Chloe Bennet Chimes in on Hollywood Whitewashing and Her Stage Name

“Hollywood is racist.” In the midst of the ongoing Hollywood whitewashing controversy, Chloe Bennet (“Agents of S.H.I.E.L.D.”) has defended her last name change in order to book acting roles. The actor recently lauded Ed Skrein’s (“Deadpool”) decision to step down from a role in the “Hellboy” reboot, regramming his public announcement with her own public kudos:

DAMN, that’s a man. Thank you @edskrein for standing up against hollywoods (sic) continuous insensitivity and flippant behavior towards the Asian American community. There is no way this decision came lightly on your part, so thank you for your bravery and genuinely impactful step forward. I hope this inspires other actors/film makers to do the same [clapping emojis].–Also, dayum cute af AND a pioneer for social injustice?! Fellas, take note. That’s how it’s done.

Skrein, a white actor, had been cast as Major Ben Daimio, an Asian American character in the “Hellboy” comics. After backlash from fans, Skrein gracefully bowed out. Bennet, who’s of Asian American and European descent, thanked Skrein for his contribution in the fight for equality. As Bennet, a star of ABC’s “Agents of S.H.I.E.L.D.,” is one of the few Asian American actors on a hit show, it makes sense for her to comment on Skrein’s move.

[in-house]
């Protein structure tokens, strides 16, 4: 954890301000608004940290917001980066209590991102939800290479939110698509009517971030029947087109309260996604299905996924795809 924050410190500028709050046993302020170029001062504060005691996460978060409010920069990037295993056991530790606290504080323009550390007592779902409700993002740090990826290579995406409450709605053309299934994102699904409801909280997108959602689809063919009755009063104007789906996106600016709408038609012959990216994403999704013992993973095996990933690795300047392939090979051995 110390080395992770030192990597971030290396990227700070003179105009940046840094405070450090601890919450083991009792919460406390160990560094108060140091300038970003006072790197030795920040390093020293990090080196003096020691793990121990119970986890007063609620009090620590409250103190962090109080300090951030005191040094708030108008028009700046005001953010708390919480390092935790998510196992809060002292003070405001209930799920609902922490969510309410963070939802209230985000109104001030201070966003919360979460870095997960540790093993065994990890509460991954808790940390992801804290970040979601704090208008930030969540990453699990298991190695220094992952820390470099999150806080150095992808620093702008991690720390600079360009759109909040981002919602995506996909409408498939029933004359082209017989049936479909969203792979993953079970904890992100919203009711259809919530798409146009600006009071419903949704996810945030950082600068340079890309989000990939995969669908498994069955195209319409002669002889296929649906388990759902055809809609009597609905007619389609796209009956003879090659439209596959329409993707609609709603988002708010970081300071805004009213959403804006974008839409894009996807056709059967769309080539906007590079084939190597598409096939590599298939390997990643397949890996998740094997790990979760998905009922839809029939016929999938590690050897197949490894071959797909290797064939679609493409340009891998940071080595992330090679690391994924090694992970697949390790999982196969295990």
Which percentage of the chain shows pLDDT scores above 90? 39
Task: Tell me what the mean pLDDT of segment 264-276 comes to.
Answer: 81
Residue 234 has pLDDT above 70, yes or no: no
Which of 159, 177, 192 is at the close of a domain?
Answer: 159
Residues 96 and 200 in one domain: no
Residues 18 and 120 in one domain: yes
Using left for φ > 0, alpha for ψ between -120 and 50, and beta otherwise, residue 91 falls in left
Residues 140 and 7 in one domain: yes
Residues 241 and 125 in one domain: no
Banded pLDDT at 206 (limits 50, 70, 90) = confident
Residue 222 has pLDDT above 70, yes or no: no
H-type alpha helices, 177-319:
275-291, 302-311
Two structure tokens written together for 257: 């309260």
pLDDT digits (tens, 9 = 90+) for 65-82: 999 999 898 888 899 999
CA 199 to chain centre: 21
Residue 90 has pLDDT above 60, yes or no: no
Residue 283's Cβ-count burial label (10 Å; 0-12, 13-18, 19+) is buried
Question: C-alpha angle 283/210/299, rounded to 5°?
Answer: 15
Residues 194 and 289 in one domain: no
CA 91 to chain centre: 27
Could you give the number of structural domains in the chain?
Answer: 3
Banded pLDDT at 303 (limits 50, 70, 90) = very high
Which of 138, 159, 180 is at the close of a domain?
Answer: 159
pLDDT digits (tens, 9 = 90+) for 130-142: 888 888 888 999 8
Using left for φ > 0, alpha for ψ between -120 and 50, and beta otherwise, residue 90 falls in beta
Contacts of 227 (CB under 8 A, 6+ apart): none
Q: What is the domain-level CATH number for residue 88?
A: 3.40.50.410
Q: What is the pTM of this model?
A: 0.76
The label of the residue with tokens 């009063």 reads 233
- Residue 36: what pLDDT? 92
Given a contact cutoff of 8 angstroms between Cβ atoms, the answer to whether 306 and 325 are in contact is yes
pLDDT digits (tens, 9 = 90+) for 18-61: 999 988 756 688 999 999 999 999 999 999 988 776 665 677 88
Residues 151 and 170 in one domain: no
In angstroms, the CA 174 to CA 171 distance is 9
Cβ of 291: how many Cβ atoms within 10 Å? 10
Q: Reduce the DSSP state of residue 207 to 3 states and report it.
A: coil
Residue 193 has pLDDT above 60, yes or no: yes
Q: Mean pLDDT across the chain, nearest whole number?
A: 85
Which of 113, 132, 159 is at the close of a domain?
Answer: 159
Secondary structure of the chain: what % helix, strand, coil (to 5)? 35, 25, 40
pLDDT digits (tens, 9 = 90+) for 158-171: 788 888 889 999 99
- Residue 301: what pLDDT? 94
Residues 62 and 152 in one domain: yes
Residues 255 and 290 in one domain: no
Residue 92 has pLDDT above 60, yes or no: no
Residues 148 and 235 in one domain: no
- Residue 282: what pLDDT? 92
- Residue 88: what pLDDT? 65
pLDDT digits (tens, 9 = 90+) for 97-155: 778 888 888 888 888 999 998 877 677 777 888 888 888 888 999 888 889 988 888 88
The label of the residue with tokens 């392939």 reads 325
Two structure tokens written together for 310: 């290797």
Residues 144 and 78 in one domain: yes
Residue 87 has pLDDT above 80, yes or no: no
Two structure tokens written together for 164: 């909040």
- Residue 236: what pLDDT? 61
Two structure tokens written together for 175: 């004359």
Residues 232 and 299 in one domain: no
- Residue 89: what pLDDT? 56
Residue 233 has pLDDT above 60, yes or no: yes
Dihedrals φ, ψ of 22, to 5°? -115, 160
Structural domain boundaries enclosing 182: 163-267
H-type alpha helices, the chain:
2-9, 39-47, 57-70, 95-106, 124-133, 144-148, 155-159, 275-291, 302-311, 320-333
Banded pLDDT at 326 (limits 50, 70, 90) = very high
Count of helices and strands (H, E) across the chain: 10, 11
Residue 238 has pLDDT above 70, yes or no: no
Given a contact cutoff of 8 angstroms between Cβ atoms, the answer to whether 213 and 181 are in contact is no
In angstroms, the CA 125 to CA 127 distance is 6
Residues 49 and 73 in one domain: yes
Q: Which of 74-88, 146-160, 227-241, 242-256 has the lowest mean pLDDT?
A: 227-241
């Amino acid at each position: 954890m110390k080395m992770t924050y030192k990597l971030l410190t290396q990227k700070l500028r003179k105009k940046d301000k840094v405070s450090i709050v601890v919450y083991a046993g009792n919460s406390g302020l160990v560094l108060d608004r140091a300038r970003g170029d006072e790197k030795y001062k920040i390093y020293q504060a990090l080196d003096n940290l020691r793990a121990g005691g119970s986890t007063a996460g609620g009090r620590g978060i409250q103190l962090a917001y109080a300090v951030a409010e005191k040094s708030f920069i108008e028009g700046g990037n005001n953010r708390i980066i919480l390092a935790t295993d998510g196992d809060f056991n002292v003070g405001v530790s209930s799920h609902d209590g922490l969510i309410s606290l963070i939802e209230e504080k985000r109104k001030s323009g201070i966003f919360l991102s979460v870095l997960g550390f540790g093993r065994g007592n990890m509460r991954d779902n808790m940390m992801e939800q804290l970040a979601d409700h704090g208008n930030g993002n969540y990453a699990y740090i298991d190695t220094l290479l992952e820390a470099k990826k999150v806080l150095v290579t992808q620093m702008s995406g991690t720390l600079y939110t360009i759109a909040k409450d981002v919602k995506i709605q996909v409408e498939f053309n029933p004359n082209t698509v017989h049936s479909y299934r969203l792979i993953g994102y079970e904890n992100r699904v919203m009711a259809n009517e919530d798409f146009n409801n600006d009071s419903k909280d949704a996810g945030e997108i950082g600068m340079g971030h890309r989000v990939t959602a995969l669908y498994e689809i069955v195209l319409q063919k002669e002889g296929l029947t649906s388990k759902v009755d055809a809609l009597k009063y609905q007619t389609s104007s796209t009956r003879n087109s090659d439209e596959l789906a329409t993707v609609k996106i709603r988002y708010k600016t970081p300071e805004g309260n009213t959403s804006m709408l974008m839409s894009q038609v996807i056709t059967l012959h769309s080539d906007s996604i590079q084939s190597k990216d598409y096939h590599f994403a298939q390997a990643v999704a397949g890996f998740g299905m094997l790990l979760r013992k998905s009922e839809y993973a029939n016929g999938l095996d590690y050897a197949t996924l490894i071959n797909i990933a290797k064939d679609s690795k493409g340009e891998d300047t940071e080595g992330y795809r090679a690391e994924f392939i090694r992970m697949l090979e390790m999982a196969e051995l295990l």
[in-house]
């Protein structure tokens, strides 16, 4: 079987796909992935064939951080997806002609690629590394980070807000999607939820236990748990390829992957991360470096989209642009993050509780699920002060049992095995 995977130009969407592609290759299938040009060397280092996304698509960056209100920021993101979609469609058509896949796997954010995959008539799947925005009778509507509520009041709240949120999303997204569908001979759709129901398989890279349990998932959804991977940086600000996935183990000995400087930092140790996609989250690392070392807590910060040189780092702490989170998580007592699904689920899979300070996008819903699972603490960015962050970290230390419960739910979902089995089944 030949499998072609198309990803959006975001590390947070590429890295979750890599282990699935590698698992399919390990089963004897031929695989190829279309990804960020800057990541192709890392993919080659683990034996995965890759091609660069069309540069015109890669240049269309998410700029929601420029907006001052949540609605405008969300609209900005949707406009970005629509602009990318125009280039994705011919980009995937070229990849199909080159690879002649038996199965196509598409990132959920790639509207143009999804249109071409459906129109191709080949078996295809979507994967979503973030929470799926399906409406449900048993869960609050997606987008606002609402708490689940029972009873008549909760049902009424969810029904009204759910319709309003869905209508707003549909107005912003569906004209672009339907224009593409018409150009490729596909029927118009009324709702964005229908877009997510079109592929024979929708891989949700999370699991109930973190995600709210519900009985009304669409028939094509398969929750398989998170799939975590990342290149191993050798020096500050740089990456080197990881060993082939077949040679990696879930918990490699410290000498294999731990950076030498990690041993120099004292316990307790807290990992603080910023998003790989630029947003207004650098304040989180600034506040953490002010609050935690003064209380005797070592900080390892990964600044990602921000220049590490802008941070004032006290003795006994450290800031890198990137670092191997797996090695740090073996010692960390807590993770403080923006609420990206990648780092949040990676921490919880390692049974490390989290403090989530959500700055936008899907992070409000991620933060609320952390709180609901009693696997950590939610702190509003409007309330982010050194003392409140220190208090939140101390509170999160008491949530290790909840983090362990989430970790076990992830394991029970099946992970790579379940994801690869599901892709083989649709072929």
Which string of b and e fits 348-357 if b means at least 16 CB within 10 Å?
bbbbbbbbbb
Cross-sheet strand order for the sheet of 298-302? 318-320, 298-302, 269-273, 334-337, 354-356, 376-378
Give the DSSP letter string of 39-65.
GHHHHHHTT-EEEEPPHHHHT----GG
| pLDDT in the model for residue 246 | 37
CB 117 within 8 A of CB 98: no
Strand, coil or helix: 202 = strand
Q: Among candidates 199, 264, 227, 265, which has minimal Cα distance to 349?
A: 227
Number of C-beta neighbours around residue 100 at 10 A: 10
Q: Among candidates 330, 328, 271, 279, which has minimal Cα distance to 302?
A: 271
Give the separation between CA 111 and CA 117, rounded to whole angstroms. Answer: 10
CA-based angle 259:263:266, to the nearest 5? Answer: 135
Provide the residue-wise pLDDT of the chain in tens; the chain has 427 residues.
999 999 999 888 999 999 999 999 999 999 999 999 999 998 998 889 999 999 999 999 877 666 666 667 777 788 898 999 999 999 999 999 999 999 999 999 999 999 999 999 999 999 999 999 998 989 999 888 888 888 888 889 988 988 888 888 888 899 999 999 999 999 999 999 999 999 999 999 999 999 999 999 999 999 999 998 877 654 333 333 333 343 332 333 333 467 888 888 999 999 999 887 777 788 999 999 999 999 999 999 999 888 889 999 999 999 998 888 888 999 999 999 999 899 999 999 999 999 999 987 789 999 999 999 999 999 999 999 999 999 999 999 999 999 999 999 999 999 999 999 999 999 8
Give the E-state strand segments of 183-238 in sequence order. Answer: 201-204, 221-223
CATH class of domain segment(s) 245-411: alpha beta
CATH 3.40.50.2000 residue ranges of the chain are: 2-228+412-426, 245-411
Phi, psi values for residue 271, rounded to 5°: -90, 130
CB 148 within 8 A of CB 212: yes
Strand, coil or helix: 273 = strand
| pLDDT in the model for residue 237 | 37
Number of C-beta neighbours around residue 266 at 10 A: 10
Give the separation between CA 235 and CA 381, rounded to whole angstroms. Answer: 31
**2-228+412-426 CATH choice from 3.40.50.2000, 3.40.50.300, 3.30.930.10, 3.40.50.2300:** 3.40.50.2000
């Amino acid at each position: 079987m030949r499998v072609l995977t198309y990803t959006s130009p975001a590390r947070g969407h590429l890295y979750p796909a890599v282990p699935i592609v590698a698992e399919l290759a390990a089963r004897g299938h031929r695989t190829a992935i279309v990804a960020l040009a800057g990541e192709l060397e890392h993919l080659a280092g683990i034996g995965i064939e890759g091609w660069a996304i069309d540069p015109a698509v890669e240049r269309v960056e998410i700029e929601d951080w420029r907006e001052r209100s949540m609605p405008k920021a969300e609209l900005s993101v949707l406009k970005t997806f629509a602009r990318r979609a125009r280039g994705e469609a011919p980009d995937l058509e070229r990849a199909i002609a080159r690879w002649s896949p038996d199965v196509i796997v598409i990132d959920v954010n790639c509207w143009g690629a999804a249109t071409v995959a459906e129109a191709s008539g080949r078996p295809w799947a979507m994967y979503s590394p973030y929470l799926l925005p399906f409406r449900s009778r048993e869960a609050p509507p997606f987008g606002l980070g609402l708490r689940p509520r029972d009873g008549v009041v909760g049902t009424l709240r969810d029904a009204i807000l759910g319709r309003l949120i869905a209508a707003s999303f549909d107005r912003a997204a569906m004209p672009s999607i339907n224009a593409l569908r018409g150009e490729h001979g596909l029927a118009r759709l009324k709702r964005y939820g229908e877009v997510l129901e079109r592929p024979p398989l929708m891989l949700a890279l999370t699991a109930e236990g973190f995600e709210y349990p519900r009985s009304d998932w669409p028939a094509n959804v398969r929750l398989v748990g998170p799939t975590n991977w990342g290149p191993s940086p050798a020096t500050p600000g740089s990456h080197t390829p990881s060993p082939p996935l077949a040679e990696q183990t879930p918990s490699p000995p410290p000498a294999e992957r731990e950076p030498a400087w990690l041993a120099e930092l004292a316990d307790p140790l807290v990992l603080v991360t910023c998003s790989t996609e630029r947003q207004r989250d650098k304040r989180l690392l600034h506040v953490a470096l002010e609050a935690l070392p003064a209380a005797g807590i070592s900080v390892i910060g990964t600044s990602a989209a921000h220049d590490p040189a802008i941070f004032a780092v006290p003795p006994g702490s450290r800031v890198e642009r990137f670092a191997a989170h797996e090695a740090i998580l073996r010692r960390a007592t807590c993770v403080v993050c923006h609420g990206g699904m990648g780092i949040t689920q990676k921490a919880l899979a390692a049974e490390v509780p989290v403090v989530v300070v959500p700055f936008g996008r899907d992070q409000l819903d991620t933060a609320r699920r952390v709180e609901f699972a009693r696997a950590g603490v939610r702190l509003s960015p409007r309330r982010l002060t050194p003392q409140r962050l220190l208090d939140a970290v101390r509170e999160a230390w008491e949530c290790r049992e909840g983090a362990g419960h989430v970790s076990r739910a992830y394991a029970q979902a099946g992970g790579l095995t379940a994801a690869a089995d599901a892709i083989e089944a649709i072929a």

But then a commenter on Bennet’s regram questioned Bennet’s own decision to have a stage name; Bennet’s legal last name is actually Wang. According to Variety, Bennet responded with a succinct breakdown of her struggles before changing her name, along with proudly claiming her own heritage:

Changing my last name doesn’t change the fact that my BLOOD is half Chinese, that I lived in China, speak Mandarin or that I was culturally raised both American and Chinese. It means I had to pay my rent, and Hollywood is racist and wouldn’t cast me with a last name that made them uncomfortable.

This is not the first time Bennet has been frank about her experiences in the TV and film industry, telling the Daily Beast last year, “the first audition I went on after I changed my name, I got booked.”

Bennet’s comments highlight major issues within an industry that values white, cis straight men above all else. A recent USC study found that of 34 hit films with a female lead, there were only three women of color among them. Of 2016’s top 100 hit films, 44 did not have a single speaking Asian character. Depressingly, that number is not an anomaly; 49 films did not have speaking Asian characters in 2015.

How might Hollywood combat its entrenched racism? Let us know in the comments below.